CFPB documents the financial burdens imposed on justice-involved individuals

The Consumer Financial Protection Bureau has just issued an extraordinary new report on the financial challenges faced by justice-involved individuals in navigating each stage of the criminal justice system. The report, which describes itself as “the first of its kind done by the CFPB,” paints a devastating picture of how the criminal law enforcement system conspires at every step to exacerbate the financially precarious situation in which many entering the justice system already find themselves.

“Justice-Involved Individuals and the Consumer Financial Marketplace” documents in clear and compelling prose how the financial products and services marketed to individuals and families entangled in the criminal justice system “too often contain exploitative terms and features, offer little or no consumer choice, and can have long-term negative consequences for the individuals and families affected.” What the CFPB researchers found “raises serious questions about the transparency, fairness, and availability of consumer choice in markets associated with the justice system, as well as demonstrating the pervasive reach of predatory practices targeted at justice-involved individuals.”

The report explores the financial burdens imposed by the criminal law enforcement system in four contexts: pretrial, incarceration, reentry, and criminal justice debt.  We found both insightful and energizing, in light of several projects we are currently working on, the report’s thoroughly-sourced analyses of the high cost of diversion and bonding at the pretrial stage, the failure to regulate background screening, the lack of access to business capital at the post-conviction stage, and the consequences of outstanding criminal justice debt at every stage.

We were especially pleased that our work on Small Business Act lending policies is cited in the section on access to business capital. Our forthcoming 50-state report (with the National Consumer Law Center) on court debt as a barrier to record clearing, whose publication is imminent, will add a new dimension to the CFPB’s analysis of the consequences of unpaid fines, fees, and restitution. Finally, we’ll now be able to incorporate the CFPB’s critique of unreliable background screens and expensive diversionary dispositions into our updated national survey of restoration and record relief mechanisms, the Many Roads to Reintegration, and the 50-state ranking of the Reintegration Report Card, both of which we expect to issue later this month.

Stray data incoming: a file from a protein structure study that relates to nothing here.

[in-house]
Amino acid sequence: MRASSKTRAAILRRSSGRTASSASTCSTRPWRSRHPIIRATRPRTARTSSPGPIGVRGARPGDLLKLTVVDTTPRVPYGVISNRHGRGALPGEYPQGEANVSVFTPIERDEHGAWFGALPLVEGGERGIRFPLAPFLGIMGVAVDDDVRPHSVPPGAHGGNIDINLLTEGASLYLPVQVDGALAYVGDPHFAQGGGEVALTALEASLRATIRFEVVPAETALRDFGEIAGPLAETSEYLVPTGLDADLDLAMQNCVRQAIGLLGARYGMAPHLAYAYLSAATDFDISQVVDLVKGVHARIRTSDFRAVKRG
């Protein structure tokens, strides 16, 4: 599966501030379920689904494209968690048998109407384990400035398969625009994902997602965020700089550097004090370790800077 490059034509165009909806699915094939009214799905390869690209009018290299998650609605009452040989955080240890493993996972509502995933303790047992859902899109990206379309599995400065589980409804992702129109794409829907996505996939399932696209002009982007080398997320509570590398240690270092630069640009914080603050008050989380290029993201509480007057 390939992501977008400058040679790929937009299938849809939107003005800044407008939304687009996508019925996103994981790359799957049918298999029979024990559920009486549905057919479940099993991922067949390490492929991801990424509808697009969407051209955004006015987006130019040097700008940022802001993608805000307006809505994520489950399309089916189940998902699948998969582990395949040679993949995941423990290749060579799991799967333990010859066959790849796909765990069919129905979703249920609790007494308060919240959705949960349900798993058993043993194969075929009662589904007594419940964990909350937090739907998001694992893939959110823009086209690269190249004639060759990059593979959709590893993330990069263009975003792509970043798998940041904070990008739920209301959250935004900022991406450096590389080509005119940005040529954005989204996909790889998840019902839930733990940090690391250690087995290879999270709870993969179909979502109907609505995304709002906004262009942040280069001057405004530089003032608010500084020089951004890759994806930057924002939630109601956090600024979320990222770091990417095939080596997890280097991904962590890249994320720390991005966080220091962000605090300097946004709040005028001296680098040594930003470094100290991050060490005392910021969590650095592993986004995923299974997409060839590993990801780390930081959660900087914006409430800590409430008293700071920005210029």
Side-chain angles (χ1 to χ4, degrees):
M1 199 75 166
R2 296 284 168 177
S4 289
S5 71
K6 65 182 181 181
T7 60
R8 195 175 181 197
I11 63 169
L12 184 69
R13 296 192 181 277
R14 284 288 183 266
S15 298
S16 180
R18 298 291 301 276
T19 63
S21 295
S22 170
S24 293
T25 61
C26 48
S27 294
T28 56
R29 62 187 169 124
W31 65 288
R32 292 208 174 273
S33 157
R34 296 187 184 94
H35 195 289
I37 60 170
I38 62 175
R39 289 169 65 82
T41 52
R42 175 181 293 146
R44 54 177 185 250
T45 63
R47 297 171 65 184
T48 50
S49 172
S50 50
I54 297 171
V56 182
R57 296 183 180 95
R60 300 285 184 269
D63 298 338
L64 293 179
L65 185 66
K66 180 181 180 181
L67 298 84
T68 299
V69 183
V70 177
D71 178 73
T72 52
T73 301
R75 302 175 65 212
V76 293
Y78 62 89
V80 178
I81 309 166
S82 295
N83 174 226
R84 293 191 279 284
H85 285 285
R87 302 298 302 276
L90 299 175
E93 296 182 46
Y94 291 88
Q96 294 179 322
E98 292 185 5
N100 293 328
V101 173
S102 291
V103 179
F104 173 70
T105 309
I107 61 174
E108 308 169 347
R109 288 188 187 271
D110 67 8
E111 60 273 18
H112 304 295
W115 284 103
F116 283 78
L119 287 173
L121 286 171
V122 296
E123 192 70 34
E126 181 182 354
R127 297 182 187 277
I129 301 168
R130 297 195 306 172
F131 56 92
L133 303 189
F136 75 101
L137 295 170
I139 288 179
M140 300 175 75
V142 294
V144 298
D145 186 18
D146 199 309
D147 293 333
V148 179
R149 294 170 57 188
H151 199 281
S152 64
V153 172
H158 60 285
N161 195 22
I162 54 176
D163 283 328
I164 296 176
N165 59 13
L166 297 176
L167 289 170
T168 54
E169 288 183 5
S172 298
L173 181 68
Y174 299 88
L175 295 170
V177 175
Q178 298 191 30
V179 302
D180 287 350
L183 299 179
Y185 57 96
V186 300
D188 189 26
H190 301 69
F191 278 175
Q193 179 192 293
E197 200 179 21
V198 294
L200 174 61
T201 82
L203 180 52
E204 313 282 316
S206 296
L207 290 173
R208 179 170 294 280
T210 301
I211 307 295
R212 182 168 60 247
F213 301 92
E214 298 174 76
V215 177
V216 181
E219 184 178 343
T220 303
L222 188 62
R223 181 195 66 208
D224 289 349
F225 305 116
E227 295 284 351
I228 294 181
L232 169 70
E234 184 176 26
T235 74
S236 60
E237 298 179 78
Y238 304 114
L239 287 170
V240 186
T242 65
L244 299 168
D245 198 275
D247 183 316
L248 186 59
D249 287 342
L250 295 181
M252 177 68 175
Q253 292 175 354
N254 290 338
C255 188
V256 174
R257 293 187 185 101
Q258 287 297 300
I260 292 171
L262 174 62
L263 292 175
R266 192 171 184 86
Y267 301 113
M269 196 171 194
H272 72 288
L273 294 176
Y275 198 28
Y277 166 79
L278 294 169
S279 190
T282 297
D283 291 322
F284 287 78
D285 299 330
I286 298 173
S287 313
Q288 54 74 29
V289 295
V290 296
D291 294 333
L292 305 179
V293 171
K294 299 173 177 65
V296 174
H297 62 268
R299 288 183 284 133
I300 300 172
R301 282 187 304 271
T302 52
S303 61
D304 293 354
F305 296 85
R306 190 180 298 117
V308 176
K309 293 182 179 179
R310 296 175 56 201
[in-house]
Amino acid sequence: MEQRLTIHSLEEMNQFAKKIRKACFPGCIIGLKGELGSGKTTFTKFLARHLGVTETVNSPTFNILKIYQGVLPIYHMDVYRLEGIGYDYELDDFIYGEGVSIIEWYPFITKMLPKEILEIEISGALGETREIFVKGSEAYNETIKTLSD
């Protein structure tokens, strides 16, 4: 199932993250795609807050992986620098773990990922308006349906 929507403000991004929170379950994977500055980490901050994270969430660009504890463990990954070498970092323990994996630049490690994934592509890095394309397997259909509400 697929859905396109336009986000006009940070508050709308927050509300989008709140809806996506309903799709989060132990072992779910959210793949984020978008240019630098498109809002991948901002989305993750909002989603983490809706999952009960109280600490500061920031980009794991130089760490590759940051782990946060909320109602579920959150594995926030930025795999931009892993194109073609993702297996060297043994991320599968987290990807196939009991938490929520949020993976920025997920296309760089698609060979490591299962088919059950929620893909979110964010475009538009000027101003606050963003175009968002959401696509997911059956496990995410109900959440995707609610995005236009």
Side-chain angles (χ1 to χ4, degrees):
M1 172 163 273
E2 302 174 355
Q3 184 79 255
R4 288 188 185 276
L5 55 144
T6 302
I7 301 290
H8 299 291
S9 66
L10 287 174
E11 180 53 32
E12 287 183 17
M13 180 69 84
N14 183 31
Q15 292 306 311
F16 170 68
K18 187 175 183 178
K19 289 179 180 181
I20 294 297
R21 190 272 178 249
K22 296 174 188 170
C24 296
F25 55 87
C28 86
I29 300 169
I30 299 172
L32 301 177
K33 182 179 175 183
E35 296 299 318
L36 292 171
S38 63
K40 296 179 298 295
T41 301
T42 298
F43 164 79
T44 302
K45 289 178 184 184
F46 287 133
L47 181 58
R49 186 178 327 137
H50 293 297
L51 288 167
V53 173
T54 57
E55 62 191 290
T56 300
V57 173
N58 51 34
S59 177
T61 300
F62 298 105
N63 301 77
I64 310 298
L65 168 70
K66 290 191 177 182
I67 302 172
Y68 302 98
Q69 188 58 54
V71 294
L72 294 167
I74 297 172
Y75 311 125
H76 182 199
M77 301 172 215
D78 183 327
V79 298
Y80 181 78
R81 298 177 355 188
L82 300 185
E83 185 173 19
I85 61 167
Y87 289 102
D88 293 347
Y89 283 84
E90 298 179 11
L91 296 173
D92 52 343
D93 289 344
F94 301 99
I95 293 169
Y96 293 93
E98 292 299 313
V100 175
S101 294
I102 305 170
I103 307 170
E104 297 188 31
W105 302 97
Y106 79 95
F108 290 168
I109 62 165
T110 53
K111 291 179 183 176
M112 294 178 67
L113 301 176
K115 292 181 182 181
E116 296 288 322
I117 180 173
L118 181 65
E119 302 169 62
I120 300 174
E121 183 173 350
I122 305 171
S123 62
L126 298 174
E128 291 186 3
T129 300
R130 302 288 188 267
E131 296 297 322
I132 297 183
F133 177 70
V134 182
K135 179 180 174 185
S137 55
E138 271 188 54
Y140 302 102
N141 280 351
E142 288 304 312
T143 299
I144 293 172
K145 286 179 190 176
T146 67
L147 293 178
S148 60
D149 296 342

The CFPB report is well worth a close look on other issues, including the exorbitant cost of prison-sponsored contract services (e.g., for telephone and other communications, and for access to education and training). It documents in detail how “governments are shifting the cost of incarceration to people who are incarcerated and their families,” and how communication restrictions make it difficult for people “to manage finances while incarcerated, which can result in increased debt, deteriorated credit ratings, and diminished access to credit.”

The CFPB report concludes with a promise from the agency that it will stay on top of the consumer protection issues raised by this commendable report:

The CFPB intends to engage stakeholders to learn more about the challenges facing those involved in the criminal justice system and how the CFPB can use its tools to safeguard families from harm. The CFPB is particularly interested in the market circumstances in which people may be forced to use a prescribed product or service, and in how an individual’s criminal history might be used by some actors to restrict economic opportunities—undermining the goal of successful reentry. Entities covered by federal consumer financial laws that target or market to individuals and families involved in the criminal justice system should ensure that their activities are in compliance with law.

We welcome the CFPB’s presence in looking critically at the issues that concern all advocates for justice-involved individuals, whose implications extend well beyond the consumer level. We hope it augurs well for the attention of the Biden Administration to these issues, because a number of other federal agencies bear responsibility for addressing the “predatory practices targeted at justice-involved individuals” so effectively illuminated by the CFPB, including the FCC, the SBA, and the Department of Justice.  Hopefully Congress is also listening.